If you think only important news should be captioned, it means the deaf community will only have access to the depressing stuff. Right after I uploaded the previous post, I started on a new post explaining how I came to move out of the parents’ place at 17.
Halfway through the post, I thought, “This is pretty melancholy so far. Do I want to post something like this immediately after writing about my inaccessibility woes?”
So, I ditched that post and instead put my energy into creating accessible content for YouTube.
Bike Stuff with Squaremeat: Fix a Flat.
There must be hundreds of bike repair tutorials on YouTube. You’d think someone would go, “Hmm, what can I offer with my tutorials that others don’t?” and maybe add captions. Alas, that hasn’t been the case. At most, they’ll turn on the auto-generated captions and pass them off as real captions.
The accuracy of auto-generated captions have indeed gotten better, but the formatting makes them difficult to follow. We have to keep our eyes fixed on the captions the entire time whereas with real captions, we can quickly glance at the captions before bringing our eyes back up to the video. This is why tutorials with auto-generated captions are such a pain to follow.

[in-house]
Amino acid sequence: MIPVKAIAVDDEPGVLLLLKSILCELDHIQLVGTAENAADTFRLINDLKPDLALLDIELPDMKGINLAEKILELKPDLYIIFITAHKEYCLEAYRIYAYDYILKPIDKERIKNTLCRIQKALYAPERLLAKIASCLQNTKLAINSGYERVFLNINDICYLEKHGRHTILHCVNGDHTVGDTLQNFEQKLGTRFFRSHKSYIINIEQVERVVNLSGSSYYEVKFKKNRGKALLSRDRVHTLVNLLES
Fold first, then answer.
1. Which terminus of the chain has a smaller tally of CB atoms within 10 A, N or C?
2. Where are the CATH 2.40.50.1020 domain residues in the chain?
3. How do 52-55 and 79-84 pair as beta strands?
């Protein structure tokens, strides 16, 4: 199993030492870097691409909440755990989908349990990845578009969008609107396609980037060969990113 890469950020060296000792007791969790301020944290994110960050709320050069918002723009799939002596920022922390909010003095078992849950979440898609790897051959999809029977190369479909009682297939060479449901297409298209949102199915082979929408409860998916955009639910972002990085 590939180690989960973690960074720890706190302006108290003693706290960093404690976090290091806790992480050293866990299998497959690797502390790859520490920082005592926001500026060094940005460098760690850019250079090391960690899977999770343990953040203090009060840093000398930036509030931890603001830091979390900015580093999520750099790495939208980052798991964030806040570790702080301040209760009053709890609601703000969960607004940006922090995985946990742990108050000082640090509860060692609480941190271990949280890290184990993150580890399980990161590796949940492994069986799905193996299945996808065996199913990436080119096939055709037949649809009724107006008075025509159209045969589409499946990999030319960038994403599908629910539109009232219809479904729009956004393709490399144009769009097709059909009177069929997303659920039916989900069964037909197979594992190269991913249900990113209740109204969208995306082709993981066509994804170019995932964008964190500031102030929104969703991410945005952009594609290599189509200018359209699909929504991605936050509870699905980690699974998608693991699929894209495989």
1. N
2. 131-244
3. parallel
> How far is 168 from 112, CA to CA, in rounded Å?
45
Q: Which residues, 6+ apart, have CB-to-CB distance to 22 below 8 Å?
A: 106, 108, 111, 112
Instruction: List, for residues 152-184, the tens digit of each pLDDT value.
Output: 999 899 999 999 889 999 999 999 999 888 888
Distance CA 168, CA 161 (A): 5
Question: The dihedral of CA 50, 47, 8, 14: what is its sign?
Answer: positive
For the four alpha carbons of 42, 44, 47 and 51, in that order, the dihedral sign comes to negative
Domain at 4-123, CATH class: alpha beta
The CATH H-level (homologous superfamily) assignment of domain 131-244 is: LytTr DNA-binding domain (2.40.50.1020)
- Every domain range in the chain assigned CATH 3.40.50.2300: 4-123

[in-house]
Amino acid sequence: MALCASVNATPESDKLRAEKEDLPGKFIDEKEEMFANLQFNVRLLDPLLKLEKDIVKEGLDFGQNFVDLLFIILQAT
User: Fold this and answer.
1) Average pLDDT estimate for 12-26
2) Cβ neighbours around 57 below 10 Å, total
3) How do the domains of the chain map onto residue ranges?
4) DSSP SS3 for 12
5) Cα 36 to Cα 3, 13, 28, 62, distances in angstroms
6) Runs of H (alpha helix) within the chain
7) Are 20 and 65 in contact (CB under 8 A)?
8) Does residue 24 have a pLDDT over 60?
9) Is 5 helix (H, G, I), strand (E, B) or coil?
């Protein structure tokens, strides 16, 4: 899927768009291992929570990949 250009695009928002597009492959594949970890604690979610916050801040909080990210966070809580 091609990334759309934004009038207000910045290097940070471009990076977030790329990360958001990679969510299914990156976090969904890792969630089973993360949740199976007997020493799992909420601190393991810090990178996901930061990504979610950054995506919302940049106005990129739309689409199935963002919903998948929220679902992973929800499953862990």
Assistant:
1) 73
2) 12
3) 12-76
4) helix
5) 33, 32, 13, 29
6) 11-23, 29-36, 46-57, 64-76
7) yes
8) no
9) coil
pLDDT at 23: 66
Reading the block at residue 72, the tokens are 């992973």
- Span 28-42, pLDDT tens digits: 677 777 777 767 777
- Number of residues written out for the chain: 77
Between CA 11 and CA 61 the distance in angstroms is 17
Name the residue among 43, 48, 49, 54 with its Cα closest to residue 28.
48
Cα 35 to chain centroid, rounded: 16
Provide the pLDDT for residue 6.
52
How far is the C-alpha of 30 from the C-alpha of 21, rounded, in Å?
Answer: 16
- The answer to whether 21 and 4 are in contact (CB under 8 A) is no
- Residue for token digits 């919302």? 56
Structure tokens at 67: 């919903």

Creating a video in ASL, though, should be even more helpful for the signing deaf community as I’m pausing in-between steps to explain what I’m about to do.
I did mention in my previous post that I don’t consider myself especially proficient in ASL. I fingerspell more words than I should because I’m unsure of how to sign them. I’m sloppy with my signing at times, just like how some hearing people mumble when they talk. In my defense, the last time I was using ASL as my predominant language was… in high school. 20 years ago.
I’m amazing at un-fucking bikes, though! Hopefully, my tutorial(s?) will help the signing deaf community.
And you know what? I’ve added captions so that non-signers can understand me too!